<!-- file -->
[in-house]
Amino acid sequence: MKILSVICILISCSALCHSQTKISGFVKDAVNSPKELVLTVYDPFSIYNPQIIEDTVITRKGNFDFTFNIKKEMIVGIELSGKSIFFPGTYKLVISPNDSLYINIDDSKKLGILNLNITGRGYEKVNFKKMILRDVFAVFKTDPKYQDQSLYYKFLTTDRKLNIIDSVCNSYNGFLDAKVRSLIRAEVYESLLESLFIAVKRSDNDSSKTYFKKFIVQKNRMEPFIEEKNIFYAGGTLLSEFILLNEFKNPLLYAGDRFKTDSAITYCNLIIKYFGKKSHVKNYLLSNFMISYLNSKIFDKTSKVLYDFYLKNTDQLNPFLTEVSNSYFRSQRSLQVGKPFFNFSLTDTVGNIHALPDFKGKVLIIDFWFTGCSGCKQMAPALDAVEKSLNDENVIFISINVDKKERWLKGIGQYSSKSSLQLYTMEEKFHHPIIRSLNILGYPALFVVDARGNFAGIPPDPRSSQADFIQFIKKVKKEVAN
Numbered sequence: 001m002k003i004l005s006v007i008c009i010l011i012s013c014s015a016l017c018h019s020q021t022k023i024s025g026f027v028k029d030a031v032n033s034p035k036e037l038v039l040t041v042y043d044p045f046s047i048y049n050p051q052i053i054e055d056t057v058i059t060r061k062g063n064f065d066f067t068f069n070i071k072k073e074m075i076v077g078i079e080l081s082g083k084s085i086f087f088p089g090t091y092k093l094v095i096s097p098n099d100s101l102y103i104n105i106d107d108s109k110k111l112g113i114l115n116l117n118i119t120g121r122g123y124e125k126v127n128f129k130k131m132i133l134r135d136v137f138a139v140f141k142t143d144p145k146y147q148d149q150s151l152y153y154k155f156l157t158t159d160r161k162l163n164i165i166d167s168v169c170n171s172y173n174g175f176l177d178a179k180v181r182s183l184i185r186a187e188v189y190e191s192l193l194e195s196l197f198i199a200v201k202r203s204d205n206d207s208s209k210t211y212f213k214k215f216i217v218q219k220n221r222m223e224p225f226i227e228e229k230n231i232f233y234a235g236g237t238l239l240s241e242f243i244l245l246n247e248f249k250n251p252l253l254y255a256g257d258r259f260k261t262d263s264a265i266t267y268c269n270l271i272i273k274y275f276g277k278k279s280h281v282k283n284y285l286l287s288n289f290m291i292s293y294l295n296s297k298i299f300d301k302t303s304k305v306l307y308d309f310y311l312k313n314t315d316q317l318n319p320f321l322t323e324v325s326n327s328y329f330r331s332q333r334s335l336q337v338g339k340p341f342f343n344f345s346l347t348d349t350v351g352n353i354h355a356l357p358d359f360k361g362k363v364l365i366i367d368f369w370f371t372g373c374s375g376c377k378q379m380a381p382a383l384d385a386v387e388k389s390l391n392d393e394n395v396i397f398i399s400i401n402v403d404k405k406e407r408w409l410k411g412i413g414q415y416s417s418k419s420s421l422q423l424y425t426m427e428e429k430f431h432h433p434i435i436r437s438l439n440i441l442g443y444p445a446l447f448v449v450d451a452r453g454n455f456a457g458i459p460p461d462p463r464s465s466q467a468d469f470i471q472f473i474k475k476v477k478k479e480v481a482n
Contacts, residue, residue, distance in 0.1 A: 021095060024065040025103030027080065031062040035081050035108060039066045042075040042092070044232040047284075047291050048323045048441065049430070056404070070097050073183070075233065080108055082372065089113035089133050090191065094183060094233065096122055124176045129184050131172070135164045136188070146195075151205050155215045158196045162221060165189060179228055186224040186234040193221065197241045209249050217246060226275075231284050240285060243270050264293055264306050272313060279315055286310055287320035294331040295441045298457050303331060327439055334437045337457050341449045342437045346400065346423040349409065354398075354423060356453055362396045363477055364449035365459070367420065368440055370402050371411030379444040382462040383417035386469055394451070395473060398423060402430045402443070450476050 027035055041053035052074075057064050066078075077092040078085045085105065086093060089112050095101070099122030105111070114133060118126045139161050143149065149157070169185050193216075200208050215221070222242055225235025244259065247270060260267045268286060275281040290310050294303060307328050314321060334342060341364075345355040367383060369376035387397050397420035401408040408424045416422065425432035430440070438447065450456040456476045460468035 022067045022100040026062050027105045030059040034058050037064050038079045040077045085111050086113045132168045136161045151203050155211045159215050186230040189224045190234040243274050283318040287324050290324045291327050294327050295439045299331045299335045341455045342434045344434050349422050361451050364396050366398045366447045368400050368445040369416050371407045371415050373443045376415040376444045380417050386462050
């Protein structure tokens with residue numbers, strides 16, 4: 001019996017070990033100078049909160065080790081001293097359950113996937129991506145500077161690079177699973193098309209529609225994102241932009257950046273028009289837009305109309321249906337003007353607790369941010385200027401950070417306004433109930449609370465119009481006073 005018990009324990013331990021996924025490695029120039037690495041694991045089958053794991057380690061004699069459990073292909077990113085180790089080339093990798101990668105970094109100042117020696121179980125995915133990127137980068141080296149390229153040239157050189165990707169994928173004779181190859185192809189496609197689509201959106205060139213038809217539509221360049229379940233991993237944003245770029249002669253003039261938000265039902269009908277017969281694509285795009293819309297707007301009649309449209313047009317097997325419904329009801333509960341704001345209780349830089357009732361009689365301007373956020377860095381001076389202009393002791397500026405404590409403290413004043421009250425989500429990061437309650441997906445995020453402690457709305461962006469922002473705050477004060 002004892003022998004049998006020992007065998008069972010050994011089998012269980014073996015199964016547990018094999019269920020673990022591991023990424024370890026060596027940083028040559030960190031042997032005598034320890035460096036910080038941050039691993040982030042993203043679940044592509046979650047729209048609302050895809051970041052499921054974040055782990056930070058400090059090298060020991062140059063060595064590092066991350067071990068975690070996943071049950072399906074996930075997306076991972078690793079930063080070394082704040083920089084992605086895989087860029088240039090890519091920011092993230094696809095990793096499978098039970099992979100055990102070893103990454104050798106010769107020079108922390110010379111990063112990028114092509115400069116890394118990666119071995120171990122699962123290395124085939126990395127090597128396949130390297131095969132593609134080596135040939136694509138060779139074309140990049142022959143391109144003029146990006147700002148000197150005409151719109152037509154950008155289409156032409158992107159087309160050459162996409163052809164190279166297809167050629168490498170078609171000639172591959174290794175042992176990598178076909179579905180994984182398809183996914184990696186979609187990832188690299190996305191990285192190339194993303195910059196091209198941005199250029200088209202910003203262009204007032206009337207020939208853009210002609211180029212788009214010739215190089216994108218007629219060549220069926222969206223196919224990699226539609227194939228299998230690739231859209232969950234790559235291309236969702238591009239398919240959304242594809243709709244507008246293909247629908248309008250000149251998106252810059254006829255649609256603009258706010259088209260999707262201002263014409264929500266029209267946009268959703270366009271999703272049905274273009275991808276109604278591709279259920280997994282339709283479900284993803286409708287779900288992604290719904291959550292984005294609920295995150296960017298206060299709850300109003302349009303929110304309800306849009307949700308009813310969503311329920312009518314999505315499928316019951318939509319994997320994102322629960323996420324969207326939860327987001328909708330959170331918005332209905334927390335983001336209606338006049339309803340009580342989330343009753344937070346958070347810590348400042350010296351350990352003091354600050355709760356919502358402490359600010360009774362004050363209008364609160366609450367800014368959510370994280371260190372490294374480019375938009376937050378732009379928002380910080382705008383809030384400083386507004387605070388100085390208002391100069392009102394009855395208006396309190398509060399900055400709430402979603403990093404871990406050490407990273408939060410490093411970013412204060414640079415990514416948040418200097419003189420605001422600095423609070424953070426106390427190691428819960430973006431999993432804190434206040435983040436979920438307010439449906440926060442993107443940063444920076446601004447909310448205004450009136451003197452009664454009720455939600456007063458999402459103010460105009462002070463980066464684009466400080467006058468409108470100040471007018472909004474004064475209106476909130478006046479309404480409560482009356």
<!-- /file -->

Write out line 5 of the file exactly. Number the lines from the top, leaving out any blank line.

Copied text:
């Protein structure tokens with residue numbers, strides 16, 4: 001019996017070990033100078049909160065080790081001293097359950113996937129991506145500077161690079177699973193098309209529609225994102241932009257950046273028009289837009305109309321249906337003007353607790369941010385200027401950070417306004433109930449609370465119009481006073 005018990009324990013331990021996924025490695029120039037690495041694991045089958053794991057380690061004699069459990073292909077990113085180790089080339093990798101990668105970094109100042117020696121179980125995915133990127137980068141080296149390229153040239157050189165990707169994928173004779181190859185192809189496609197689509201959106205060139213038809217539509221360049229379940233991993237944003245770029249002669253003039261938000265039902269009908277017969281694509285795009293819309297707007301009649309449209313047009317097997325419904329009801333509960341704001345209780349830089357009732361009689365301007373956020377860095381001076389202009393002791397500026405404590409403290413004043421009250425989500429990061437309650441997906445995020453402690457709305461962006469922002473705050477004060 002004892003022998004049998006020992007065998008069972010050994011089998012269980014073996015199964016547990018094999019269920020673990022591991023990424024370890026060596027940083028040559030960190031042997032005598034320890035460096036910080038941050039691993040982030042993203043679940044592509046979650047729209048609302050895809051970041052499921054974040055782990056930070058400090059090298060020991062140059063060595064590092066991350067071990068975690070996943071049950072399906074996930075997306076991972078690793079930063080070394082704040083920089084992605086895989087860029088240039090890519091920011092993230094696809095990793096499978098039970099992979100055990102070893103990454104050798106010769107020079108922390110010379111990063112990028114092509115400069116890394118990666119071995120171990122699962123290395124085939126990395127090597128396949130390297131095969132593609134080596135040939136694509138060779139074309140990049142022959143391109144003029146990006147700002148000197150005409151719109152037509154950008155289409156032409158992107159087309160050459162996409163052809164190279166297809167050629168490498170078609171000639172591959174290794175042992176990598178076909179579905180994984182398809183996914184990696186979609187990832188690299190996305191990285192190339194993303195910059196091209198941005199250029200088209202910003203262009204007032206009337207020939208853009210002609211180029212788009214010739215190089216994108218007629219060549220069926222969206223196919224990699226539609227194939228299998230690739231859209232969950234790559235291309236969702238591009239398919240959304242594809243709709244507008246293909247629908248309008250000149251998106252810059254006829255649609256603009258706010259088209260999707262201002263014409264929500266029209267946009268959703270366009271999703272049905274273009275991808276109604278591709279259920280997994282339709283479900284993803286409708287779900288992604290719904291959550292984005294609920295995150296960017298206060299709850300109003302349009303929110304309800306849009307949700308009813310969503311329920312009518314999505315499928316019951318939509319994997320994102322629960323996420324969207326939860327987001328909708330959170331918005332209905334927390335983001336209606338006049339309803340009580342989330343009753344937070346958070347810590348400042350010296351350990352003091354600050355709760356919502358402490359600010360009774362004050363209008364609160366609450367800014368959510370994280371260190372490294374480019375938009376937050378732009379928002380910080382705008383809030384400083386507004387605070388100085390208002391100069392009102394009855395208006396309190398509060399900055400709430402979603403990093404871990406050490407990273408939060410490093411970013412204060414640079415990514416948040418200097419003189420605001422600095423609070424953070426106390427190691428819960430973006431999993432804190434206040435983040436979920438307010439449906440926060442993107443940063444920076446601004447909310448205004450009136451003197452009664454009720455939600456007063458999402459103010460105009462002070463980066464684009466400080467006058468409108470100040471007018472909004474004064475209106476909130478006046479309404480409560482009356």